Same Sex Harassment – Gender Stereotyping

By: Vanessa A. Gonzalez*

As an employment lawyer, I am often asked if there are legal protections against same sex harassment.  The answer is yes.  In 1998 the U.S. Supreme Court outlined three possible ways a plaintiff could prove a same sex harassment claim under Title VII: (1) a plaintiff may show that the harasser was homosexual and motivated by sexual desire; (2) a plaintiff may show that the harassment was framed “in such sex-specific and derogatory terms . . . as to make it clear that the harasser [was] motivated by general hostility to the presence” of a particular gender in the workplace; or (3) a plaintiff may offer direct comparative evidence about how the alleged harasser treated members of both sexes in a mixed-sex workplace. The court specifically emphasized, “[w]hatever evidentiary route the plaintiff chooses to follow, he or she must always prove that the conduct at issue was not merely tinged with offensive sexual connotations, but actually constituted ‘discrimina[tion] . . . because of . . . sex.’”

On September 27, 2013, after an en banc review of its previous decision, the Fifth Circuit joined several other circuit courts and decided gender stereotyping is an additional kind of same sex discrimination/harassment prohibited under Title VII.  The employee who complained to the EEOC about gender stereotyping was Mr. Kerry Woods.  Mr. Woods was an iron worker for Boh Brothers Construction Company and claimed his supervisor, Mr. Chuck Wolfe, subjected him to almost daily verbal and physical harassment because Woods did not conform to Wolfe’s view of how a man should act. The EEOC filed suit against the construction company on Woods’ behalf.  The evidence to the jury showed that while Wolfe used very foul language and “locker room talk” with the entire crew, he was especially tough on Woods because Wolfe thought Woods was not manly enough to work on a construction site.  Wolfe referred to Woods as “pu—y,” “princess,” and “fa—ot,” often two to three times a day. While Woods was bent over to perform a task, Wolfe would simulate sexual acts, and Wolfe exposed himself to Woods while urinating.  Wolfe viewed Woods use of moist towelettes instead of toilet paper as “kind of gay” and “feminine.” The jury found there was harassment based on Woods’ gender and awarded Woods $201,000 in compensatory damages and $250,000 in punitive damages.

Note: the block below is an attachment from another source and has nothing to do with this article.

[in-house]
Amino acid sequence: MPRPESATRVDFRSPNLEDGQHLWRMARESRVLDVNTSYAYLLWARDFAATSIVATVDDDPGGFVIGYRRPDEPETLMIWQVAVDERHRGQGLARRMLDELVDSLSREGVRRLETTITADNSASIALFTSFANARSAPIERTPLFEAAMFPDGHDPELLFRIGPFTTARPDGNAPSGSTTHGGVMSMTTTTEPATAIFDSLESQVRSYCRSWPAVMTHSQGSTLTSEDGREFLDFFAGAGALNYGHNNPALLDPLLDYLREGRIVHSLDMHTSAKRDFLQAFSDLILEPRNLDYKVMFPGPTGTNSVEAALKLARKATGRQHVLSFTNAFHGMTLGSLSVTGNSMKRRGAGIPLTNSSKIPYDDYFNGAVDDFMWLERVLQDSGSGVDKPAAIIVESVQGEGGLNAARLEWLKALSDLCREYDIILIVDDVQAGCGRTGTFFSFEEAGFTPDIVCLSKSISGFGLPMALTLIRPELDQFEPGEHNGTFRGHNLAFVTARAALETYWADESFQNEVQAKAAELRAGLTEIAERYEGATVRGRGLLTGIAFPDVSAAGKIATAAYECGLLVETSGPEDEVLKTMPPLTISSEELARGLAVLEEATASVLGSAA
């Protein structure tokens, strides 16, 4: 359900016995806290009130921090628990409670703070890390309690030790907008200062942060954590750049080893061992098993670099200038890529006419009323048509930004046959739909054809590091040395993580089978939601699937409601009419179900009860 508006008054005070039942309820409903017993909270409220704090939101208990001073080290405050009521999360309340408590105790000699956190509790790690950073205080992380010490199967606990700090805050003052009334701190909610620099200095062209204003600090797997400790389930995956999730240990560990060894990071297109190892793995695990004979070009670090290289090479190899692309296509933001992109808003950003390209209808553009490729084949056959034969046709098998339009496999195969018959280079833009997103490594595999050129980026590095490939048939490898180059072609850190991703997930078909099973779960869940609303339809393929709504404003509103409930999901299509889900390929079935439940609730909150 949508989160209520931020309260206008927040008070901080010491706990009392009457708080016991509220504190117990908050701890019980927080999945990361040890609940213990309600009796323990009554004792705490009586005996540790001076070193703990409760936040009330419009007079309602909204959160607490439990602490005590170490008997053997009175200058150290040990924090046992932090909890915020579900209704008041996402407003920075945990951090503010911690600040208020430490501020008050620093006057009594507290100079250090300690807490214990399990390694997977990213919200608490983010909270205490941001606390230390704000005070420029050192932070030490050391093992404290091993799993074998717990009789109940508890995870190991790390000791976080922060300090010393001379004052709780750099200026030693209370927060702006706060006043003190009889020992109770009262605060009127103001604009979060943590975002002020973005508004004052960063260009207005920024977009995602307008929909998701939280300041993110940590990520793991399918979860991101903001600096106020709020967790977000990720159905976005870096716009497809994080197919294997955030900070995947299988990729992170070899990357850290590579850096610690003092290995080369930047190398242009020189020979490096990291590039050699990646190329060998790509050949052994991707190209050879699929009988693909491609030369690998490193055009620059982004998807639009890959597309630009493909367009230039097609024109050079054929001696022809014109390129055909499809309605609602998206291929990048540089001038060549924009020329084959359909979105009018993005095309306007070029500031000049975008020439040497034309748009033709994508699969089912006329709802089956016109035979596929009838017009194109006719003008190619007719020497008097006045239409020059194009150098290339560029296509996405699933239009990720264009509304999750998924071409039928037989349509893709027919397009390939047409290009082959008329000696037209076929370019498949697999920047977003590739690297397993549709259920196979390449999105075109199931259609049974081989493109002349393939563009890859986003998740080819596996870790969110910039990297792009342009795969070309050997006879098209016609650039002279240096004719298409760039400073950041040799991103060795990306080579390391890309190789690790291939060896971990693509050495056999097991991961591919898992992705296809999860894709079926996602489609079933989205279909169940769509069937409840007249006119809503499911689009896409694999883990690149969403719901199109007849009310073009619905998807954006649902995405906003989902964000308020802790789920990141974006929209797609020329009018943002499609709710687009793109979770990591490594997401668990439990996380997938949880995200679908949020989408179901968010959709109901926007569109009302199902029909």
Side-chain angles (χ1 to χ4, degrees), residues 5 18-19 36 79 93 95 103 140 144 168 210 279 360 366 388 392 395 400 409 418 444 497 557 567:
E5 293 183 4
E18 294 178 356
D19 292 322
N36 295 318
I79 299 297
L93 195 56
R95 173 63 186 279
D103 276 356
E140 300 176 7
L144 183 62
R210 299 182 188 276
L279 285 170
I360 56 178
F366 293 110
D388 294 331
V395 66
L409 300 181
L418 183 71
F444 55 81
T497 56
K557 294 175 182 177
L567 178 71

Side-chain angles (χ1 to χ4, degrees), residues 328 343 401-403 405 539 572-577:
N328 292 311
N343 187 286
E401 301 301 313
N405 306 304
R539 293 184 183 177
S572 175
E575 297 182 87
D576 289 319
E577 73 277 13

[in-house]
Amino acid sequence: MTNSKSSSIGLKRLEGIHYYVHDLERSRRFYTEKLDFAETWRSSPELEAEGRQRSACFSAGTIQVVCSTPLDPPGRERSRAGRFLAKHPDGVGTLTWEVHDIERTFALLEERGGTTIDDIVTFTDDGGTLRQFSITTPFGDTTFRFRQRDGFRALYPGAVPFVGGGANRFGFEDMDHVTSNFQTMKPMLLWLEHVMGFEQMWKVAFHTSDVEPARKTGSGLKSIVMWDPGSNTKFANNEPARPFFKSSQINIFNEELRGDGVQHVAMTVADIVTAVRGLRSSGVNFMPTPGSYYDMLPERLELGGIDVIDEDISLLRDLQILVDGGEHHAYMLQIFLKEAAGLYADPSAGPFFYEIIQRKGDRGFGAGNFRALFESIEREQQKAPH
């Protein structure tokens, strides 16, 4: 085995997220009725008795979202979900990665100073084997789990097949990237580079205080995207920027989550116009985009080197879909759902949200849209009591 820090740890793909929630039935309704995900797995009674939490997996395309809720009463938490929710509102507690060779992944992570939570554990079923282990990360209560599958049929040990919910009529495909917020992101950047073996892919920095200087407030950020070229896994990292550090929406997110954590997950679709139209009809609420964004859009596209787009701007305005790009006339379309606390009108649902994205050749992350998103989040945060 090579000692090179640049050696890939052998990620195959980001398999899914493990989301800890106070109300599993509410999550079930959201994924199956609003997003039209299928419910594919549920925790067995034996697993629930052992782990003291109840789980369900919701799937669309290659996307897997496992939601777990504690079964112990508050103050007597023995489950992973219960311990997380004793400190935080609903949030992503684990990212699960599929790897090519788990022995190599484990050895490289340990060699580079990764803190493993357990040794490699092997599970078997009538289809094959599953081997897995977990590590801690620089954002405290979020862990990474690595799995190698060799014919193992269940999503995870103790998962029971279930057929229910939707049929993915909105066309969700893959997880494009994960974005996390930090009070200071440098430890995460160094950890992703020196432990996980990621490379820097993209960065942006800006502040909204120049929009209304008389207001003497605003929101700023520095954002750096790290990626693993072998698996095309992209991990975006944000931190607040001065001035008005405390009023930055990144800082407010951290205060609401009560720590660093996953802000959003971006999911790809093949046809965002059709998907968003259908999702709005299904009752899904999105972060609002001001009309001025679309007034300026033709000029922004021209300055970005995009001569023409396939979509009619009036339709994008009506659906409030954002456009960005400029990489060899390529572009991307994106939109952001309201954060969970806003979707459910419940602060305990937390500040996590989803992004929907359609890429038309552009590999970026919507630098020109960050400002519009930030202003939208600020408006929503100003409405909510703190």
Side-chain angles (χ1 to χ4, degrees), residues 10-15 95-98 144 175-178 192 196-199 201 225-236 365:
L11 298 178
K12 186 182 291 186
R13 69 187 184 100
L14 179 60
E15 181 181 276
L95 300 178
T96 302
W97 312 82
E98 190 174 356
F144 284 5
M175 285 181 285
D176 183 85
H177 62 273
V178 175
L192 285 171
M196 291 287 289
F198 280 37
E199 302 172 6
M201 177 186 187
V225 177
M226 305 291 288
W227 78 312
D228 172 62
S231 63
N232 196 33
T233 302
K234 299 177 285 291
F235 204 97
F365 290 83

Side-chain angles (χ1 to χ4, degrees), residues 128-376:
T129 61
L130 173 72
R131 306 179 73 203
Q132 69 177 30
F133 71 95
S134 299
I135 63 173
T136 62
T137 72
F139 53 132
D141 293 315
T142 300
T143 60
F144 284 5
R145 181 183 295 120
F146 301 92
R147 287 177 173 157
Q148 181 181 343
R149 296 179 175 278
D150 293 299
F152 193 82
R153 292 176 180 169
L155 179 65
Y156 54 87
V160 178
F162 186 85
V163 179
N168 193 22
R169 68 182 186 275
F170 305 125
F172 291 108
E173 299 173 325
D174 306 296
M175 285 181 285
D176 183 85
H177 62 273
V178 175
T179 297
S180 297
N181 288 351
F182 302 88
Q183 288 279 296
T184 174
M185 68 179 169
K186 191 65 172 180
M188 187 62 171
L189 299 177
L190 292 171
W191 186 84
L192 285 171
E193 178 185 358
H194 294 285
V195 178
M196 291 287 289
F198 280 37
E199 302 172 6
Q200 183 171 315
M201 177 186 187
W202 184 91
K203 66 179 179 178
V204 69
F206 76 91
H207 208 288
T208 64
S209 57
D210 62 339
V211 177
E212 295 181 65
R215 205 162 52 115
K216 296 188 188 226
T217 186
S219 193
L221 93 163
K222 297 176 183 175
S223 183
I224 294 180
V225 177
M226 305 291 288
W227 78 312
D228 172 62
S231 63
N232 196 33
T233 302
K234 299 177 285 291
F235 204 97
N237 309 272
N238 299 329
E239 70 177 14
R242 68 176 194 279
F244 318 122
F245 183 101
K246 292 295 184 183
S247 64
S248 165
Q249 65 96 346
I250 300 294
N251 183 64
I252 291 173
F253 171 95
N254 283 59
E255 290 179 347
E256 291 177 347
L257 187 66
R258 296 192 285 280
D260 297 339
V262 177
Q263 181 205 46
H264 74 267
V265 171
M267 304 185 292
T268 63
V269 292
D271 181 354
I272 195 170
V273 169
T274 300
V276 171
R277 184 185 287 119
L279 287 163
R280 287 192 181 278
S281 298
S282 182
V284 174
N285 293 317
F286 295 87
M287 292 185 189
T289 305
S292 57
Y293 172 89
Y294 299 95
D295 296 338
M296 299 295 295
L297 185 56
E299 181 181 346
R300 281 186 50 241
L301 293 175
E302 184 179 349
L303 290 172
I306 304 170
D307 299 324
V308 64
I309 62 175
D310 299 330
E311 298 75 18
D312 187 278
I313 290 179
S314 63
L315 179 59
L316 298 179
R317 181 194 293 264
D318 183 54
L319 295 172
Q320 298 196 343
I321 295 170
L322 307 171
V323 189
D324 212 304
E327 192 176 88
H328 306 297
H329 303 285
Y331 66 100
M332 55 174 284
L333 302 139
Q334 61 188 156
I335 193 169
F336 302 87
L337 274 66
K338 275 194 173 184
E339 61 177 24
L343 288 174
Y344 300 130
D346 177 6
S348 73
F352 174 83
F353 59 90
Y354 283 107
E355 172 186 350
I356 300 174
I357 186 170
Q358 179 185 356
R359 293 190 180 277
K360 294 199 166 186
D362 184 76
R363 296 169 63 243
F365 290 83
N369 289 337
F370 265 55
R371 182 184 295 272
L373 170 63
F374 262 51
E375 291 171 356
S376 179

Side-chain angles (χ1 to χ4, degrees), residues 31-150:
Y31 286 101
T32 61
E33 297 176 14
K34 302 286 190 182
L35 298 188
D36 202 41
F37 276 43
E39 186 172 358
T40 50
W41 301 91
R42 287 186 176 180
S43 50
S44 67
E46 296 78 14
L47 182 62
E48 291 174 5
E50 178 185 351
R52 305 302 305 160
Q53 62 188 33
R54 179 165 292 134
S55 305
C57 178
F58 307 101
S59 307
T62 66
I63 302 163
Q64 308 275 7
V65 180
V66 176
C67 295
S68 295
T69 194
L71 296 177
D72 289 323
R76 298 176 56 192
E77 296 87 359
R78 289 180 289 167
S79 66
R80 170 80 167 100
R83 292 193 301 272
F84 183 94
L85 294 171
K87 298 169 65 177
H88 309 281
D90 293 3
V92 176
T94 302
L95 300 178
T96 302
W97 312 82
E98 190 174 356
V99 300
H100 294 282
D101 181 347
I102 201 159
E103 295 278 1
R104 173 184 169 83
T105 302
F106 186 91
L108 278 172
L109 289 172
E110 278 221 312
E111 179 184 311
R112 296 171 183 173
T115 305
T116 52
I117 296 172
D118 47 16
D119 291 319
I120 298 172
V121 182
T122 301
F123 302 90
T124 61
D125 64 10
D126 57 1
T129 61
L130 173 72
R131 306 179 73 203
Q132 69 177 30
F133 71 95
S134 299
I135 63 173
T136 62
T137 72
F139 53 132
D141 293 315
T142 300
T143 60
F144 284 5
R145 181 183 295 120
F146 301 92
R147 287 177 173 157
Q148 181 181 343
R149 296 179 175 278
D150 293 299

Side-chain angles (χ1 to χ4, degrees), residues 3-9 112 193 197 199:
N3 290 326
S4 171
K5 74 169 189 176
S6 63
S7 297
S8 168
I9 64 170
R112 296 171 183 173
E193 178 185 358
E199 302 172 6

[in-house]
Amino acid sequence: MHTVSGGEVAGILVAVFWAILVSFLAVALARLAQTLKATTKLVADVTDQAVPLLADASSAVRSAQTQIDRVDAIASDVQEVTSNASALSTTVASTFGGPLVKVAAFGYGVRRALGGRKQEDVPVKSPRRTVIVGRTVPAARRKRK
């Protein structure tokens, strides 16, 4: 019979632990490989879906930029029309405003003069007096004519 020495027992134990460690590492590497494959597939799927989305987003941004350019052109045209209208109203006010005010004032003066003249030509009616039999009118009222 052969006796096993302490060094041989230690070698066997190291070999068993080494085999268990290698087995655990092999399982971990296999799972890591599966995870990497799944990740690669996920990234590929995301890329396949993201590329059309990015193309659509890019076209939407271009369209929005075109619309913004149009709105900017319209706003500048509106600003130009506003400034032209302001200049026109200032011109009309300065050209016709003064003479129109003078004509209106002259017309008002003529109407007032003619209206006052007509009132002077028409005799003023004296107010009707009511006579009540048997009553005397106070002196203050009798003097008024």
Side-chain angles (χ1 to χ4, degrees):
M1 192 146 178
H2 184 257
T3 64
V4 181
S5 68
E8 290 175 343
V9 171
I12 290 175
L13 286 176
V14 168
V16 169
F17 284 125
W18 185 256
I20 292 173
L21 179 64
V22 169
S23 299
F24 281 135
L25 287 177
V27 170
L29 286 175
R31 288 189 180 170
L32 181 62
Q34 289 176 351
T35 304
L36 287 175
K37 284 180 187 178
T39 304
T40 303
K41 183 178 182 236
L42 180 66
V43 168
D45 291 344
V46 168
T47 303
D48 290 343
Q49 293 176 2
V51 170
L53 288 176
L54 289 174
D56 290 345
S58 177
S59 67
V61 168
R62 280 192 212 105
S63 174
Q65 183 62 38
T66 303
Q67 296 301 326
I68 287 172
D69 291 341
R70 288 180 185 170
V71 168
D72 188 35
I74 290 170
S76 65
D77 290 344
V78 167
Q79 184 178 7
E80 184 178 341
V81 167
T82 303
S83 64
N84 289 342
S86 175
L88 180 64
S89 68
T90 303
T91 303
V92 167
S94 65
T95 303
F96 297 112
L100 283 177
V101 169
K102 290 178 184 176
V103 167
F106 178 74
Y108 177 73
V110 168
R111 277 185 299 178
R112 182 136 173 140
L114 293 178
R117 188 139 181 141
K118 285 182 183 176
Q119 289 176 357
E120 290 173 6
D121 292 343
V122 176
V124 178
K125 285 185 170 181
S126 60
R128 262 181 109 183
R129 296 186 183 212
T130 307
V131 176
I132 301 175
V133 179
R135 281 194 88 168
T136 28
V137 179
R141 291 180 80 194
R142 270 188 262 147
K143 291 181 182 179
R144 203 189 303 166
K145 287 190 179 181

On appeal, the Fifth Circuit decided that a Title VII claim could be proven with evidence that Wolfe viewed Woods as “insufficiently masculine.”   To make this determination, the court will look at the “harasser’s subjective view of the victim.”  The court determined there was enough evidence to support the jury’s conclusion that Wolfe harassed Woods based on his sex because Wolfe thought Woods was not “manly enough; In Wolfe’s view – Woods fell outside of Wolfe’s manly-man stereotype.”

This is gender stereotyping.  The same could occur if a female harassed another female worker because she perceived that she was not feminine enough, did not dress pretty enough, or was too “butch” to work in the industry.

It should also be noted that the Fifth Circuit stated that the construction company could have avoided liability if it would have had “institutional policies and education programs regarding sexual harassment.”  Instead, when the construction company tried to assert its affirmative defense, the evidence showed that there was not a clear company policy regarding where to report a harassment complaint, who investigated such complaints, or how an investigation was done. Also, the supervisors were not trained on how to handle a harassment complaint, and Wolfe and Wolfe’s supervisor both testified they had received very little to no training on harassment.

In light of this recent Fifth Circuit decision, Texas employers, including government employers, should update their policies and training materials to include gender stereotyping as a protected category under Title VII.  For example, discrimination/harassment policies could be revised to include a prohibition against offensive verbal or physical conduct based upon perceived gender stereotypes.

*Vanessa A. Gonzalez is a partner at Bickerstaff Heath Delgado Acosta LLP and is Board Certified in Labor and Employment Law by the Texas Board of Legal Specialization.